The spirit of the medieval western guild is most simply expressed in the proposition, guild policy is livelihood policy. It signifies the maintenance of a substantial burgherly prosperity for the members of the guild, in spite of increased competition in consequence of the narrowing of the opportunities of life; the individual guild member must obtain the traditional standard of life and be made secure in it. This conception of the traditional standard of life is the analogue of the "living wage" of the present day. The means which the guild adopted to reach this goal are of interest. (138)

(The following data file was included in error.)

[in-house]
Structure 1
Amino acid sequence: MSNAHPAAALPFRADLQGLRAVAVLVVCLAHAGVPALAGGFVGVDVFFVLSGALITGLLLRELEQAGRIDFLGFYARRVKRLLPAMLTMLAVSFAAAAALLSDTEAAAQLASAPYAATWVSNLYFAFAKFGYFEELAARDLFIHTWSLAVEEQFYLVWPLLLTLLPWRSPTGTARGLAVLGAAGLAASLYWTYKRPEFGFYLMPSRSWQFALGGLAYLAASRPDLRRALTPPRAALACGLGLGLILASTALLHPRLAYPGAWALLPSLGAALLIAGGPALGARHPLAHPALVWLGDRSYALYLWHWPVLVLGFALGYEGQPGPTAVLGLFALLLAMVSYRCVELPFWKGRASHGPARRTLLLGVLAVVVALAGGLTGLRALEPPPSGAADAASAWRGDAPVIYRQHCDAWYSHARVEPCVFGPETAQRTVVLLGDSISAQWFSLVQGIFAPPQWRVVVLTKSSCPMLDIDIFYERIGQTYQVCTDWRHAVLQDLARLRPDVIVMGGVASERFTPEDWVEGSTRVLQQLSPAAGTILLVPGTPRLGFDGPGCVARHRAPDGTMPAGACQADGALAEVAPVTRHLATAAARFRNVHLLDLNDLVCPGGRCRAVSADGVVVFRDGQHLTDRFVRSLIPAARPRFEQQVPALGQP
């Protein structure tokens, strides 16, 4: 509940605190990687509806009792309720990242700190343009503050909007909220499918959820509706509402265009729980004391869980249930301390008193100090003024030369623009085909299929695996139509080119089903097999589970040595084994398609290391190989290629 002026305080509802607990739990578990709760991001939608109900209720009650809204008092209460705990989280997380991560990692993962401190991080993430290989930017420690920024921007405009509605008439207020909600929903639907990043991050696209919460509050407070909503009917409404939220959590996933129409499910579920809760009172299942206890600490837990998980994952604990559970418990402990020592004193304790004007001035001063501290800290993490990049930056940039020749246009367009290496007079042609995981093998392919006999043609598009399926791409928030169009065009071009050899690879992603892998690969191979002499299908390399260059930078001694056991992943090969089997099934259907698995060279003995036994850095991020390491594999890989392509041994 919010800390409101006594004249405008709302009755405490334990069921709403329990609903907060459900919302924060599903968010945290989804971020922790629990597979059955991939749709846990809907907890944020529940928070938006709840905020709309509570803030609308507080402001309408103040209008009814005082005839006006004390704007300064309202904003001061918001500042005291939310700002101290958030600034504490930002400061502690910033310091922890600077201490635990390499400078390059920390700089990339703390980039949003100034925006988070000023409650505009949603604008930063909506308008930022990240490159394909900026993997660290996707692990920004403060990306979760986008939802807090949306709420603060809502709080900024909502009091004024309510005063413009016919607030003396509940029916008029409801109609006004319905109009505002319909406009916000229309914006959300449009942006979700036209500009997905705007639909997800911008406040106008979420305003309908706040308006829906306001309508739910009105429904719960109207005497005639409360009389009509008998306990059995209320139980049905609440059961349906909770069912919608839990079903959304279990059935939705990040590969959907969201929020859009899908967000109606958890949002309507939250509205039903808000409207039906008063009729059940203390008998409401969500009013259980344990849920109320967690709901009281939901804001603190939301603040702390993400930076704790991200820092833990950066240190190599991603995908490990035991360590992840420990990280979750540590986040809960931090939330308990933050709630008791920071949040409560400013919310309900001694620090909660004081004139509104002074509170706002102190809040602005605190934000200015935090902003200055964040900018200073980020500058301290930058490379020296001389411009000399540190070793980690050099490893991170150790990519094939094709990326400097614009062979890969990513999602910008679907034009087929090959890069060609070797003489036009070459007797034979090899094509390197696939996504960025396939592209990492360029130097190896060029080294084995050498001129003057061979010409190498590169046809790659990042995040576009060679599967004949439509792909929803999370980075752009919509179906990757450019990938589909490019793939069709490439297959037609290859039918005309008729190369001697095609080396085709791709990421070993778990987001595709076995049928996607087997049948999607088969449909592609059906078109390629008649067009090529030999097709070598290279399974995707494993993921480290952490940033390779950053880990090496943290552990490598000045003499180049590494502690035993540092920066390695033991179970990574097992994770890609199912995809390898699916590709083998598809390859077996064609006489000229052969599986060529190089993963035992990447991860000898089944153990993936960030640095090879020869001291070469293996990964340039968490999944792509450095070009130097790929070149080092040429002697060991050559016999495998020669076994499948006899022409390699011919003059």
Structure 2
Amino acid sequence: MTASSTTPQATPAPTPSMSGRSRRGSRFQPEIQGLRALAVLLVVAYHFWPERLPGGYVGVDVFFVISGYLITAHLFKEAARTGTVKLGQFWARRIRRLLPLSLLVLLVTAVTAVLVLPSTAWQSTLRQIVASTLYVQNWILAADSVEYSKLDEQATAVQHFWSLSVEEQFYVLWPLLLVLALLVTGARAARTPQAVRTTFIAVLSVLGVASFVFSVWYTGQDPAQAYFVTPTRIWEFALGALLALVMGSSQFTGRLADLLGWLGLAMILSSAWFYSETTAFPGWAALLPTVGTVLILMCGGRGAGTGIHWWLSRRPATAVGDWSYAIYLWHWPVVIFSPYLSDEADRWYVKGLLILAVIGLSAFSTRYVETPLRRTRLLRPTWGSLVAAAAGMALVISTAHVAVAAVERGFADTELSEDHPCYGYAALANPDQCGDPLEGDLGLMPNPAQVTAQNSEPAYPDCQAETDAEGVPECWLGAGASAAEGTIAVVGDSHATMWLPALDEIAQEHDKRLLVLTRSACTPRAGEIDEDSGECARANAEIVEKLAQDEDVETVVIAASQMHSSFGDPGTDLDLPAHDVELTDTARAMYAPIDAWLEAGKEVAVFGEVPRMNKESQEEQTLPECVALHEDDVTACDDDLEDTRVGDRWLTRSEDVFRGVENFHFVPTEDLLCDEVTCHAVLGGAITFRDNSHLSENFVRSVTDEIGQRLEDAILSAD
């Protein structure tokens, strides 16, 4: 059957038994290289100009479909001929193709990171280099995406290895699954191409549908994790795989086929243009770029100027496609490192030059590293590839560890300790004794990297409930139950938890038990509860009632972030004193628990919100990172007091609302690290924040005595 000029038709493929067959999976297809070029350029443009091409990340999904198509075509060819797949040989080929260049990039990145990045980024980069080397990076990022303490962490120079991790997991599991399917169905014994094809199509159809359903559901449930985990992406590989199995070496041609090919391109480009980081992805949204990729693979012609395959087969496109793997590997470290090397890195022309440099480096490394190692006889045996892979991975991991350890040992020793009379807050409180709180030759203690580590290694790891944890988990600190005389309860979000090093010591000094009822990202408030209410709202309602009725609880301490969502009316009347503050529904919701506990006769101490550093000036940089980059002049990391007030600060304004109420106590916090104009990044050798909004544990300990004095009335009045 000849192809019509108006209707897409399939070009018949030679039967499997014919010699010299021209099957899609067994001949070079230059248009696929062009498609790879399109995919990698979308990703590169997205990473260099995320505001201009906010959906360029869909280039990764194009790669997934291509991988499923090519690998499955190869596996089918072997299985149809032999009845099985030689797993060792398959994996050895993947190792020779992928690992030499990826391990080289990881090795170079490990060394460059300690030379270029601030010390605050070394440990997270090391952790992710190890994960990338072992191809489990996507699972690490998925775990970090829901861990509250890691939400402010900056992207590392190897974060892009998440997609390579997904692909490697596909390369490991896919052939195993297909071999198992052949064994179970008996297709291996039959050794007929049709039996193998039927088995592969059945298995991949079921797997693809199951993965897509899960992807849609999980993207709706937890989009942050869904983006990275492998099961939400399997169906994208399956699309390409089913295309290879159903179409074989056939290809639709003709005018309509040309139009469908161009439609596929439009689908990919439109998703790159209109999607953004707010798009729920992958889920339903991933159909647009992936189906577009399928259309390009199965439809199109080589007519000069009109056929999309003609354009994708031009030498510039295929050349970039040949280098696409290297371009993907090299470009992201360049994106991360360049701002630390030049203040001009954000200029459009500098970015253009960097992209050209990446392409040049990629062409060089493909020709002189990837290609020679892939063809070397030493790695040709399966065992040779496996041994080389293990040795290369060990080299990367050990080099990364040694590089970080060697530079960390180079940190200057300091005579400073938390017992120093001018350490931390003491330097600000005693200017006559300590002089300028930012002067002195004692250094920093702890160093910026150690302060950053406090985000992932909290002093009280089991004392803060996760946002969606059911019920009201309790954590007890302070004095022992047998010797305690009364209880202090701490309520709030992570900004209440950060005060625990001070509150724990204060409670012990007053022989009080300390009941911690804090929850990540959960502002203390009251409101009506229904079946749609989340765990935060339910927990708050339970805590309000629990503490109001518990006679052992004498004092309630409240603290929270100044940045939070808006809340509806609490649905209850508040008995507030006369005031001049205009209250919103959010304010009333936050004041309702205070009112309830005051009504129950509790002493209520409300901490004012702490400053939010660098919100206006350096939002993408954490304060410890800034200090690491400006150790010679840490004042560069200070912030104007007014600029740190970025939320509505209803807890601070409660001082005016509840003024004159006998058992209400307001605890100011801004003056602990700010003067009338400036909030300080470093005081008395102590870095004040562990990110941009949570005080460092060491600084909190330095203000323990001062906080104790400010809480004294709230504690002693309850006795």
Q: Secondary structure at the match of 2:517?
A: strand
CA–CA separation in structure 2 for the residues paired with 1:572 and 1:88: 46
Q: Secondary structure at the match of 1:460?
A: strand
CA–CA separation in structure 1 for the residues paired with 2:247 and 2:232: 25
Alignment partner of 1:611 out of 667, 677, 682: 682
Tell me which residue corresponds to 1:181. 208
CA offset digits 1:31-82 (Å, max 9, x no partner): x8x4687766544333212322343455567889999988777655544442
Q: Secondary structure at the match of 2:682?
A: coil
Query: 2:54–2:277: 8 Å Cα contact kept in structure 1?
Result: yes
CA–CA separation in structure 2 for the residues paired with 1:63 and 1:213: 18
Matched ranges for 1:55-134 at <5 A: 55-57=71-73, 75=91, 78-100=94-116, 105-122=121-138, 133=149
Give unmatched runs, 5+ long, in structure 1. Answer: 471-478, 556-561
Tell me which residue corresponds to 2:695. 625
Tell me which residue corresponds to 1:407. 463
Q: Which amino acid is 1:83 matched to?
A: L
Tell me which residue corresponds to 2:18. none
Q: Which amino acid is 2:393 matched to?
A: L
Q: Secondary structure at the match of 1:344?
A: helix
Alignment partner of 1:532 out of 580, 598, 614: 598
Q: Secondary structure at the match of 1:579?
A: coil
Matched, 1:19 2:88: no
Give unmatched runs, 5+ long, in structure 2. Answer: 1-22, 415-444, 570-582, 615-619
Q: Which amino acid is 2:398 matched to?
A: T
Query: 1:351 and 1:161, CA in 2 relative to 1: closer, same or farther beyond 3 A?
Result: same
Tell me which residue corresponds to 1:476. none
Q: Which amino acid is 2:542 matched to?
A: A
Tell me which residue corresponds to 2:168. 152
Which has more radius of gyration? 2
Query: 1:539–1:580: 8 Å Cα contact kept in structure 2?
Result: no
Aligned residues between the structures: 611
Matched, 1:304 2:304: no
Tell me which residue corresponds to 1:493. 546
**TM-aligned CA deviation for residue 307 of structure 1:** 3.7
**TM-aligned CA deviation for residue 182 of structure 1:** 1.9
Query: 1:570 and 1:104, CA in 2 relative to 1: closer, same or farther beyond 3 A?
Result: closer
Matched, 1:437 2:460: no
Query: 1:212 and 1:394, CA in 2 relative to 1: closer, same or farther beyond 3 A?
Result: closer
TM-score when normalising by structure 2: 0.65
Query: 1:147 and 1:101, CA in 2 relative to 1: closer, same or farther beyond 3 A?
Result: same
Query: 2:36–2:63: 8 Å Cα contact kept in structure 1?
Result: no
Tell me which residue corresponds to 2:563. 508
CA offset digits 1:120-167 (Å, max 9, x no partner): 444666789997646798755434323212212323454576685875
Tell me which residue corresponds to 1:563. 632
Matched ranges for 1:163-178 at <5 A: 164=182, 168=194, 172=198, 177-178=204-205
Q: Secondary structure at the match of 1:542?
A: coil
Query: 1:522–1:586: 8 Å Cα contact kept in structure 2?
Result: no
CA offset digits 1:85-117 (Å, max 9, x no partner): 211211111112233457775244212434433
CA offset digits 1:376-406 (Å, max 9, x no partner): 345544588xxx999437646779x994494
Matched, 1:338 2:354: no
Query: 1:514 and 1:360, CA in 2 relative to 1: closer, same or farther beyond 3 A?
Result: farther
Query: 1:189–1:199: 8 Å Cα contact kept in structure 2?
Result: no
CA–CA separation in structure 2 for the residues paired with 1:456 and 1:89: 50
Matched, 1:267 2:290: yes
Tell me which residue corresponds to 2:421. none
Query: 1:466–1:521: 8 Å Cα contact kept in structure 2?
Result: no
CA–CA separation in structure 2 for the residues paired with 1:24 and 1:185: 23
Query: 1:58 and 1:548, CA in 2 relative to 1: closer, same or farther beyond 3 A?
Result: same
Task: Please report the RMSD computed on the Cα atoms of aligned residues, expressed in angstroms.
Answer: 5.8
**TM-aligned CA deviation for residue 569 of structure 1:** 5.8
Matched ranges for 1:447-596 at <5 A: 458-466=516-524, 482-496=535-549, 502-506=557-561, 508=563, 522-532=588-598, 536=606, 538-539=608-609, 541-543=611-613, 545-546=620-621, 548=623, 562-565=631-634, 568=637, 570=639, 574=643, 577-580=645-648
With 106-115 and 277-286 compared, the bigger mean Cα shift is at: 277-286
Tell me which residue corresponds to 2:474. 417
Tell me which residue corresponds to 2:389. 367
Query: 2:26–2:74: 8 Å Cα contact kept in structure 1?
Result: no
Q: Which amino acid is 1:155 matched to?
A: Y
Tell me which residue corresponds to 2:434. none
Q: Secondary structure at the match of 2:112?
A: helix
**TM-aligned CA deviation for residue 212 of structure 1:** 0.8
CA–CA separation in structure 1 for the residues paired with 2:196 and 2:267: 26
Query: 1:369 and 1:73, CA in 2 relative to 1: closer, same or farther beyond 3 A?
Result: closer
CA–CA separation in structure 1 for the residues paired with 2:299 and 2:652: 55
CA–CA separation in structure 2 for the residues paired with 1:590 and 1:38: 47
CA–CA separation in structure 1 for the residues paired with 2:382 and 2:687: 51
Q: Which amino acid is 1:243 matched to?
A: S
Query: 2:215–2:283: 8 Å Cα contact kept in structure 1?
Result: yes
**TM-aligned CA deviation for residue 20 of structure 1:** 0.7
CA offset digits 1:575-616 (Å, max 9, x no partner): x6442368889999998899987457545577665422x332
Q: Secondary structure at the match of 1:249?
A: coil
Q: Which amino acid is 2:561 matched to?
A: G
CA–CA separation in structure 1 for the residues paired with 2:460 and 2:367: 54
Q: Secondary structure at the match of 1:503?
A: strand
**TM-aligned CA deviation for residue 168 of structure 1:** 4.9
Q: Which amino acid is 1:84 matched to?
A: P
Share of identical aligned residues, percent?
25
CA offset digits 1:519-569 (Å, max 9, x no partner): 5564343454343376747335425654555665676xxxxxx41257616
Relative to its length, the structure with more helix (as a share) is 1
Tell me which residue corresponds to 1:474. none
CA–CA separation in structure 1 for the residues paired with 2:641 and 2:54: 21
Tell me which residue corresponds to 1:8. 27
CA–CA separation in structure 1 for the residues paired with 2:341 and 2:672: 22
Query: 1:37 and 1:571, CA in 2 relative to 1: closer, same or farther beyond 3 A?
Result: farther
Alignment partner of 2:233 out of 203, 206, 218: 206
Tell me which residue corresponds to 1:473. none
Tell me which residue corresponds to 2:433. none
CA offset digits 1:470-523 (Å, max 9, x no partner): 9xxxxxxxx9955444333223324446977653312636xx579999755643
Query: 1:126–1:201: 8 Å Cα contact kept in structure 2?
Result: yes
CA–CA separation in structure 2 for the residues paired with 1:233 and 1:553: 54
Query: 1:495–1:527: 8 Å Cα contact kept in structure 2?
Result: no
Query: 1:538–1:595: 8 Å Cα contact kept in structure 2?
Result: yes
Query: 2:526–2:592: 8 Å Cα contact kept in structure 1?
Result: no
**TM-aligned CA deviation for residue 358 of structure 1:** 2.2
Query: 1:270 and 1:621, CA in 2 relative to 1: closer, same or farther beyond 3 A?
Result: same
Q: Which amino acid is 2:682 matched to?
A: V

As to internal policy, the guild endeavored by every conceivable means to provide equality of opportunity for all guild members, which was also the objective in the case of the division of the fields into strips by the peasantry. To realize this equality the development of capitalistic power must be opposed, especially by preventing the unequal growth of capital in the hands of individual masters and consequent differentiation among them; one master must not progress beyond another. To this end, the processes of work were regulated; no master dared proceed in any other than the traditional manner. The guild controlled the quality of the products. It controlled and regulated the number of apprentices and laborers. It regulated as far as possible the provision of raw material, - communally insofar as price work obtained at the time. In addition the guild or the town did the purchasing of the raw material and disposed of it to the separate masters. As soon as the transition to price work had taken place and the craftsman as a petty capitalist possessed sufficient means to buy his own raw material, the guild demanded proof of the member's wealth. This practice has held from the 14th century on. Men without property could be employed by others as wage workers. As soon as the field of action became restricted the guild was closed and the numher of masters fixed, though this result was only reached in places. (138, 139)